., (NASDAQ: NEON), the optical touch technology company, today announces that its Multisensing
technology is incorporated into a new e-reader from Deutsche Telekom – the Tolino Shine. Neonode’s Multisensing
optical touch technology, the industry’s top choice for e-readers, provides the front-lit Tolino e-reader with:
- High resolution, glare-free touch technology for easy reading in any type of lighting condition, including direct sunlight;
- Gestures input for smooth page turns and seamless zooming in and out, allowing exceptionally user- friendly navigation;
- Ultra-low power consumption, permitting up to two months’ worth of reading on a single charge
- Any object touch support, including stylus, finger/gloved finger or an ordinary pen.
Tolino is the result of Deutsche Telekom’s partnership with German bookstore chains Thalia, Weltbild, Hugendubel and Bertelsmann, each of who have existing e-bookstores with a combined 35% share of the German e-book market.
The German technology industry association BITKOM has said that approximately 800,000 e-readers were sold in Germany in 2012, and that it expects that number to increase to 1.4 million units sold in 2013.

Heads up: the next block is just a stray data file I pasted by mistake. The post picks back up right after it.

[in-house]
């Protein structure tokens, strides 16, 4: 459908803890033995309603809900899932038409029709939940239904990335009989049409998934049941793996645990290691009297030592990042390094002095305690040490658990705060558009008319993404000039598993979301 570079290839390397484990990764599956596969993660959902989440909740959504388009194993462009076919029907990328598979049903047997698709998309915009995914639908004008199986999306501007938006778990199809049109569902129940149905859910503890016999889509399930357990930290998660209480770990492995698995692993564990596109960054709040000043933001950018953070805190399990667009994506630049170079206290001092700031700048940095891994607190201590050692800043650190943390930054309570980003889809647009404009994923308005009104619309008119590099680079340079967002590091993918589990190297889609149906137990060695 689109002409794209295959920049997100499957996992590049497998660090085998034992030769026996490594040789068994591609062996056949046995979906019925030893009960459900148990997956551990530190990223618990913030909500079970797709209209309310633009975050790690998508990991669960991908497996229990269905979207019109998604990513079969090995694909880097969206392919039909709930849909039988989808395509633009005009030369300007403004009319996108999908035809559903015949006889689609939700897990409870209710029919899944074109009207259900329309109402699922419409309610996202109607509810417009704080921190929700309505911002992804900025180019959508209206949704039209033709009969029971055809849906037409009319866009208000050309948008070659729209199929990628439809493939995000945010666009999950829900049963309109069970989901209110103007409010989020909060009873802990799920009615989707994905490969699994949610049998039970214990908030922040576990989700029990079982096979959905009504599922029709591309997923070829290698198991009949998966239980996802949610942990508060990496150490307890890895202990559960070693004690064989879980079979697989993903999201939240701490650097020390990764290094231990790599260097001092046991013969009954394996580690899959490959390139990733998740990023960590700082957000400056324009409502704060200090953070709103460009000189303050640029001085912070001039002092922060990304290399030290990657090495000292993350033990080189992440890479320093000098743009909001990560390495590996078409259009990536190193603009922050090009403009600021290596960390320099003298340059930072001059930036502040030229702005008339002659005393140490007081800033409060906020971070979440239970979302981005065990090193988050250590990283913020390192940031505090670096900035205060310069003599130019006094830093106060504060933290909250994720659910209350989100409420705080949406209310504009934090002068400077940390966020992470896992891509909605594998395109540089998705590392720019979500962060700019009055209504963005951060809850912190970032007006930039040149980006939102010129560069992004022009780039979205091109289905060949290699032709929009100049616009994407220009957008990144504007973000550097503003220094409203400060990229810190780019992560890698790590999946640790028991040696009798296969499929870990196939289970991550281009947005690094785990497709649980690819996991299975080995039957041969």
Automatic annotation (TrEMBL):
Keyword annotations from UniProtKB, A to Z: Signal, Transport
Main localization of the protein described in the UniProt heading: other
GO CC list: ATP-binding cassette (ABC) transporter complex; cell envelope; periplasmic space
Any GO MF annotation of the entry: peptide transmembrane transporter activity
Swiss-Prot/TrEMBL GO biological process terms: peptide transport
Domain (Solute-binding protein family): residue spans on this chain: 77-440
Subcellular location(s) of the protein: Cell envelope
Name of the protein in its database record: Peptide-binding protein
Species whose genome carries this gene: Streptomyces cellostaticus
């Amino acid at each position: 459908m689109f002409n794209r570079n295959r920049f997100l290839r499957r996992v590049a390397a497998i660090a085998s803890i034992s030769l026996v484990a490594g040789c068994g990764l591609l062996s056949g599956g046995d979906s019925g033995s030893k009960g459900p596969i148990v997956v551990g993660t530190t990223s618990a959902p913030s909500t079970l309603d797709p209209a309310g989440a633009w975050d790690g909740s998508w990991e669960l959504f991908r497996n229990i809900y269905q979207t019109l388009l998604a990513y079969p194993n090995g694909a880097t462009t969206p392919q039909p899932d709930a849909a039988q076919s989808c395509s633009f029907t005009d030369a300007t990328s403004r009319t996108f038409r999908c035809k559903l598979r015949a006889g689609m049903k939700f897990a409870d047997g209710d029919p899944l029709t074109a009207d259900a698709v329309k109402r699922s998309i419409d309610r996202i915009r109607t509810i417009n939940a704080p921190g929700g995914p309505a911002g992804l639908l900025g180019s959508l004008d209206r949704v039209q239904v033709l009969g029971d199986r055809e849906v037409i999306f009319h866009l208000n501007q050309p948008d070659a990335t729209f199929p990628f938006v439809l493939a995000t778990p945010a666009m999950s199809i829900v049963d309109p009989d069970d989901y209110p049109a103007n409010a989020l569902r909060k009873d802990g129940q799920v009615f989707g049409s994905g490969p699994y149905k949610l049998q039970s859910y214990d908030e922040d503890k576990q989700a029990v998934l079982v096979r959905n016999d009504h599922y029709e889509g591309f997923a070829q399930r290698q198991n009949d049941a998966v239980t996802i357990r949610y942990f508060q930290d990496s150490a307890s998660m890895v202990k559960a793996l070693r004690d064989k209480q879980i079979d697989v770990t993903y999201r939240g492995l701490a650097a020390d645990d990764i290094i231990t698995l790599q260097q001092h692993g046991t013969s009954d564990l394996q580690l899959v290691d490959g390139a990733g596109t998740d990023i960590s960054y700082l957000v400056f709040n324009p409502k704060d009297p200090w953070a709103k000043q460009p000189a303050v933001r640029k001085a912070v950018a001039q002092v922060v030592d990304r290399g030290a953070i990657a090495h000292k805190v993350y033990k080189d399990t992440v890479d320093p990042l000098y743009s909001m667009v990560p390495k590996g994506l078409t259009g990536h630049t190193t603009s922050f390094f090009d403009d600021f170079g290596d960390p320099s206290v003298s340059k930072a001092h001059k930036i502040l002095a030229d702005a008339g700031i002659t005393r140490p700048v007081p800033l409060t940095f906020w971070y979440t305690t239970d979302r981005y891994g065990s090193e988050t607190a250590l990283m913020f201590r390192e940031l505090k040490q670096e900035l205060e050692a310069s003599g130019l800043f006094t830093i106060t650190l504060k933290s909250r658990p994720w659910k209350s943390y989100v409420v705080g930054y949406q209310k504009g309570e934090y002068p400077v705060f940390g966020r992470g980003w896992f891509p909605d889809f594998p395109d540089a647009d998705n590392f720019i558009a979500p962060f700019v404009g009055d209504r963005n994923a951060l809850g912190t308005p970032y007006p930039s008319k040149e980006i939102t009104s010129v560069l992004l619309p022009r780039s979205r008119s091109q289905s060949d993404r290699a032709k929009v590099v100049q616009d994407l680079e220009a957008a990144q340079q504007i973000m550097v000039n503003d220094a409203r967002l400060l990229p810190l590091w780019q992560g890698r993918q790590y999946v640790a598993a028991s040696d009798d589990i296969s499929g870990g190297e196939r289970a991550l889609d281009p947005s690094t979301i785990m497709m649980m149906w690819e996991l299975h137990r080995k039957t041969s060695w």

Tolino is available from the Deutsche Telekom partners’ 1,500 physical stores as well as online, retailing at about €99 ($128).
About Deutsche Telekom
Deutsche Telekom is one of the world's leading integrated telecommunications companies, with approximately 132 million mobile customers, 32 million fixed-network lines, and more than 17 million broadband lines.
Neonode Inc. (NASDAQ:NEON) develops and licenses the next generation of MultiSensing touch technologies, allowing companies to differentiate themselves by making high performing touch solutions at a competitive cost. Neonode is at the forefront of providing unparalleled user experiences that offer significant advantages for OEM's. This includes state-of-the-art technology features such as low latency pen or brush sensing, remarkably high speed scanning, proximity-, pressure-, and depth sensing capabilities and object-size measuring.